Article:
The discretionary function exception to the FTCA, 28 U.S.C. §2680(a), provides in pertinent part:

The provisions of this chapter and section 1346(b) of this title shall not apply to-
(a) Any claim based upon an act or omission of an employee of the Government, exercising due care, in the execution of a statute or regulation, whether or not such statute or regulation be valid, or based upon the exercise or performance or the failure to exercise or perform a discretionary function or duty the part of a federal agency or an employee of the Government, whether or not the discretion involved be abused. (emphasis added).

The discretionary function has been addressed by the United States Supreme Court in United States v. Gaubert, 499 U.S. 315 (1991). In Gaubert, the Supreme Court held that the discretionary function exception bars claims predicated upon acts or omissions that involved the exercise of discretion in furtherance of public policy goals. In particular, the Court stated:

The exception covers only acts that are discretionary in nature, acts that "involv[e] an element of judgment or choice." Berkovitz, supra, at 536, 108 S.Ct., at 1958; see also Dalehite v. United States, 346 U.S. 15, 34, 73 S. Ct. 956, 967, 97 L.Ed. 1427 (1953); and "it is the nature of the conduct, rather than the status of the actor" that governs whether the exception applies. Varig Airlines, supra, at 813, 104 S. Ct., at 2764. The requirement of judgment or choice is not satisfied if a "federal statute, regulation, or policy specifically prescribes a course of action for an employee to follow," because "the employee has no rightful option but to adhere to the directive." Berkovitz, 486 U.S., at 536, 108 S. Ct., at 1958-1959.

Furthermore, even "assuming the challenged conduct involves an element of judgment," it remains to be decided "whether that judgment is of the land that the discretionary function exception was designed to shield." Ibid. See Varig Airlines, 467 U.S., at 813, 104 S. Ct., at 2764. Because the purpose of the exception is to "prevent judicial 'second-guessing' of legislative and administrative decisions grounded in social, economic, and political policy through the medium of an action in tort," id., at 814, 104 S. Ct., at 2765, when properly construed, the exception "protects only governmental actions and decisions based on considerations of public policy." Berkovitz, supra, at 537, 108 S. Ct., at 1959.

United States v. Gaubert, 499 U.S. 316, 322-23.

The United States Court of Appeals for the Third Circuit recently addressed the discretionary function exception in Gotha v. United States, 115 F.3d 176 (3d Cir. 1997). In Gotha, the court found that plaintiff's claim that she fell on a footpath leading to a structure under the control of the United States Navy and that the Navy failed to provide routine safeguards on the footpath did not implicate the discretionary function exception to the FTCA.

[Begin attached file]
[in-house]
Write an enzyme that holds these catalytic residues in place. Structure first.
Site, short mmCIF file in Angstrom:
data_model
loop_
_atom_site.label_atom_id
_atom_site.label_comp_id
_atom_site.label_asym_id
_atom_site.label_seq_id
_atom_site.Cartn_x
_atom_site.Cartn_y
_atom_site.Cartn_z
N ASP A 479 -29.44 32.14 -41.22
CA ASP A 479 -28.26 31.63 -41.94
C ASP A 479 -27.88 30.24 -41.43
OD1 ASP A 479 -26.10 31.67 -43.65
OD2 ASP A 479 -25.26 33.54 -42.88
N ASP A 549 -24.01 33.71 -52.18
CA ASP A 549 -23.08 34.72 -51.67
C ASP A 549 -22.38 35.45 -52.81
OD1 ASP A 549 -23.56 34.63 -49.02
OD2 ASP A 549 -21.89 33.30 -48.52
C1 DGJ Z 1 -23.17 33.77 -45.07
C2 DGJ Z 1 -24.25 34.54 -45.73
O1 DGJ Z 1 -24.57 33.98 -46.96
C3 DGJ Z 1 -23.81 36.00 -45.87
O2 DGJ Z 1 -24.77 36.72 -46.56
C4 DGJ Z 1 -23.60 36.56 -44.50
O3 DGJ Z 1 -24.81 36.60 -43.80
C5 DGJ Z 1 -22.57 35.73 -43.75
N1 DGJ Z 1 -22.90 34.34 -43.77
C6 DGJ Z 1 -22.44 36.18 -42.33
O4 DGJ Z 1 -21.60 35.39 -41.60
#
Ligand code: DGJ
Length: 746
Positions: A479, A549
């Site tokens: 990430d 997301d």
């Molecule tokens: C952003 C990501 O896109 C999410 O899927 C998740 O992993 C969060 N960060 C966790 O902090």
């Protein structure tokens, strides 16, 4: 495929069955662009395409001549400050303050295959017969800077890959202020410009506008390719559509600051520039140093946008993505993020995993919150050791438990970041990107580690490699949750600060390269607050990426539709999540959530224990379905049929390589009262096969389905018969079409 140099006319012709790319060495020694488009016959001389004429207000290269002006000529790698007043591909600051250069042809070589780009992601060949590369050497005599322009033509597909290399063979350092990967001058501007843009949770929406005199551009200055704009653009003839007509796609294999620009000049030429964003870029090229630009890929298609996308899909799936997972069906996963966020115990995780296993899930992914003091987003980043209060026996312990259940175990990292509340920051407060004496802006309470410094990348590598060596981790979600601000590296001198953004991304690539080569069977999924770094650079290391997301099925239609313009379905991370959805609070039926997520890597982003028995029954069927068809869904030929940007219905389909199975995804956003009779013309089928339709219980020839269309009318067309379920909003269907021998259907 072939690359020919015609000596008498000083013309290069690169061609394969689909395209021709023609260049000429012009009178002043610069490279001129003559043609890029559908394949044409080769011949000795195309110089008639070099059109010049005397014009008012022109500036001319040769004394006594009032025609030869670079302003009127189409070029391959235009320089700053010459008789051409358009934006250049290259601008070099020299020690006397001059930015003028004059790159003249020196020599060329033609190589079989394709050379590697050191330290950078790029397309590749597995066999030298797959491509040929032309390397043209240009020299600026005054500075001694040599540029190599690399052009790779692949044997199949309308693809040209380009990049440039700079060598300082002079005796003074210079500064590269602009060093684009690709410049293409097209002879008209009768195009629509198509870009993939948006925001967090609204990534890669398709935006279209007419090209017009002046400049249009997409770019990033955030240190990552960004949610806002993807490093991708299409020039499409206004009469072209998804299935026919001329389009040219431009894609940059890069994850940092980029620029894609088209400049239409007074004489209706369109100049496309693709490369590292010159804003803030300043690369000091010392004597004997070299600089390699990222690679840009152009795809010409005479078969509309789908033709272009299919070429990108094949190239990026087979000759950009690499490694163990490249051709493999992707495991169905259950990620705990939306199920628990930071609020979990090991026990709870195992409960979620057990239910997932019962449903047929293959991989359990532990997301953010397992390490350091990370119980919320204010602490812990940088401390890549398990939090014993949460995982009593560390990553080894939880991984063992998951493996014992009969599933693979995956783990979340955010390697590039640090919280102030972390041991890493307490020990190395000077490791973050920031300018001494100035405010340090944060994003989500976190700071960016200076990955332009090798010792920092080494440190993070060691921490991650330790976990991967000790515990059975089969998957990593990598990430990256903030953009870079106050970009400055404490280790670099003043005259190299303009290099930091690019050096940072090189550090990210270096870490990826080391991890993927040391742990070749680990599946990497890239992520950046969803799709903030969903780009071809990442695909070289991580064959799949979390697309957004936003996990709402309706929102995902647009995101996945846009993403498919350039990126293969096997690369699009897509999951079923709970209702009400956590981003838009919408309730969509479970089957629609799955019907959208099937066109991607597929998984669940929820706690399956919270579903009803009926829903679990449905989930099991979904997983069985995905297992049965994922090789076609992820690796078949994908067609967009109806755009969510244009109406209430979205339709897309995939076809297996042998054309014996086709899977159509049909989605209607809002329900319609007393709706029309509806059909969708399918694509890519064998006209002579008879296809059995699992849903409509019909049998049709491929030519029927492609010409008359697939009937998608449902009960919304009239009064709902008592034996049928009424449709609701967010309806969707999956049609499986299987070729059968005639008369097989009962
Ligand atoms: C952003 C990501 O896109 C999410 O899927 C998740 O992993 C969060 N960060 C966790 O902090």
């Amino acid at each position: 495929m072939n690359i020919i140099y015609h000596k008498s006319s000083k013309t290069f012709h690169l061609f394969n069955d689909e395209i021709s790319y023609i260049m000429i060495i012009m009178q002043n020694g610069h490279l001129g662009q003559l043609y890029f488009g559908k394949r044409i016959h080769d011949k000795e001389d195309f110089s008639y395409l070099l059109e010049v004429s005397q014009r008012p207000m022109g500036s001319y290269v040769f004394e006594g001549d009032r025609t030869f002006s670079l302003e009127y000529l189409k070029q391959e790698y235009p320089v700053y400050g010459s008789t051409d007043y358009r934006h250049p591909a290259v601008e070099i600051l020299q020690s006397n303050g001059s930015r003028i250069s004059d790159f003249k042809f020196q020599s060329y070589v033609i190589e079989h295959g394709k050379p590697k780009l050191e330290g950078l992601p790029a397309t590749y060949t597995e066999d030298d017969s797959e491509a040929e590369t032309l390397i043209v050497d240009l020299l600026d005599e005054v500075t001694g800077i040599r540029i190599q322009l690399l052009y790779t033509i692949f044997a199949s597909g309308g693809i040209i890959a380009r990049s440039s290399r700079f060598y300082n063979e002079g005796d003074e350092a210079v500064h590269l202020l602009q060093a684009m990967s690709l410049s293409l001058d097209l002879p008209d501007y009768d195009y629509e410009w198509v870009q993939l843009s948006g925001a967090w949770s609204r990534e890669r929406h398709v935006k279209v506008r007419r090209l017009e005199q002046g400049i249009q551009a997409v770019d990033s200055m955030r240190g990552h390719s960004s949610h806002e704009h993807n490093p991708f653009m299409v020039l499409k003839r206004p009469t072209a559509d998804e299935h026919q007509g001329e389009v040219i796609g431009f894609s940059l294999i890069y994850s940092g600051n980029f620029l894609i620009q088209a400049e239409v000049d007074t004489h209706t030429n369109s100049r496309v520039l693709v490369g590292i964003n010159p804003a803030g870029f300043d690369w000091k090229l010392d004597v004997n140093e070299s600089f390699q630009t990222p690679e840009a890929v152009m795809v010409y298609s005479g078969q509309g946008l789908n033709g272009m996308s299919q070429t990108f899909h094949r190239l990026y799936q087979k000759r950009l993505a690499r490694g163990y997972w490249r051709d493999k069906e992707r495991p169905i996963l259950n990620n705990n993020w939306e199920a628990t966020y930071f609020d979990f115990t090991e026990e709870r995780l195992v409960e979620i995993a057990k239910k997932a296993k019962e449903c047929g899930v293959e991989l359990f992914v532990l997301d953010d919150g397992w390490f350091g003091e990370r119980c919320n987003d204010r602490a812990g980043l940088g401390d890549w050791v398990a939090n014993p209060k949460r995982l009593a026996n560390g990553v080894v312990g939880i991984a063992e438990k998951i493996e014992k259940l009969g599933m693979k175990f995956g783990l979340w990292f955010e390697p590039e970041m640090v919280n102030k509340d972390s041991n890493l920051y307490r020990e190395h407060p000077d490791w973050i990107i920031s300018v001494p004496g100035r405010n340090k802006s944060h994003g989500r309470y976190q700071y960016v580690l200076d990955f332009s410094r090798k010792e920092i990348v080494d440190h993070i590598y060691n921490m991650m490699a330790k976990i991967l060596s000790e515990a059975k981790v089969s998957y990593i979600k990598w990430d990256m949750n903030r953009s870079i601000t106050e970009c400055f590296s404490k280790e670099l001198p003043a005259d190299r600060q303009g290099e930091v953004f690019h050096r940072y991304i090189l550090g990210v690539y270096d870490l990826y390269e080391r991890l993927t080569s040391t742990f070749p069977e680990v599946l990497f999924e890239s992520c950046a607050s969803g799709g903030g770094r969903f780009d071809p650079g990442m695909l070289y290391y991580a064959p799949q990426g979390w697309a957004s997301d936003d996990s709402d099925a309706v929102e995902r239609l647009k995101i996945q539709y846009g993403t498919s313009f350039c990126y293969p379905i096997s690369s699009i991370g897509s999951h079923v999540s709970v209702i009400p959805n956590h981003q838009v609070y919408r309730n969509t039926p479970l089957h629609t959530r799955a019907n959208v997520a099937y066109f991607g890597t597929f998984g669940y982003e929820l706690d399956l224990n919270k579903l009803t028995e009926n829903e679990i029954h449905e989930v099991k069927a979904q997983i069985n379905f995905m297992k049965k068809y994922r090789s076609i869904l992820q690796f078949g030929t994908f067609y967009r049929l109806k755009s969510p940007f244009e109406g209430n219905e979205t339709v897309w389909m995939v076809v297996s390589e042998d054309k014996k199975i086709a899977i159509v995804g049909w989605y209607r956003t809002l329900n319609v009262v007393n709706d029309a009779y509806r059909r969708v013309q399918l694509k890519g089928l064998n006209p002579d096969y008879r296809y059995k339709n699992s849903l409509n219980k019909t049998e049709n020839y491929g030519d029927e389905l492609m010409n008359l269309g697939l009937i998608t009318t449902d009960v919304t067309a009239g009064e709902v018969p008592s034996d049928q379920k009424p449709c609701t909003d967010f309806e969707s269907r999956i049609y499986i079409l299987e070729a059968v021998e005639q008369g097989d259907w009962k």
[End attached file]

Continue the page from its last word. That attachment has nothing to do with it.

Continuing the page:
As the Court pointed out citing to Berkovitz v. United States, 486 U.S. 531 (1988), a two-stage inquiry is utilized. First, a court must consider if a federal statute, regulation or policy specifically prescribes a course of action for an employee to follow. If one does, the employee has no rightful option but to adhere to the directive and there can be no lawful discretionary act. However, if circumstances imposing compulsion do not exist, the court must consider whether the challenged action or inaction is of the kind the discretionary function exception was designed to shield, keeping in mind that the discretionary function exception insulates the government from liability if the action involves the permissible exercise of policy judgment. Gotha v. United States, 115 F.3d 176, 179 (1997).

We agree with the plaintiff that the situation in Gotha is instructive in deciding the instant action. In Gotha, the plaintiff's complaint focused on the lack of a stairway, railing and lighting that made the step path an unsafe means of access to the trailer in the lower lot. In addressing the evidence presented, the court was unable to conclude whether there was an actual decision to forego the measures or whether there was simply inaction. The court held that the action or inaction went more to the issue of negligence rather than whether the issue of policy discretion was implicated. Specifically, the court agreed with the district court that there was no government regulation directing the agency's conduct and that there was no delegation of responsibility to an independent contractor. However, the court found that the district court was incorrect in concluding that policy considerations were present in the Navy's action or inaction. The court disallowed the affidavit presented by the Navy which stated that in evaluating a decision of whether to install an outdoor staircase and artificial lighting there are military, social and economic considerations as being of such general application as to provide no assistance in determining whether the discretionary function exception existed. The court concluded that the challenged actions were not the kind of conduct that can be said to be grounded in the policies applicable to the Navy's mission. Thus, the court held that the discretionary function exception was not applicable to the action.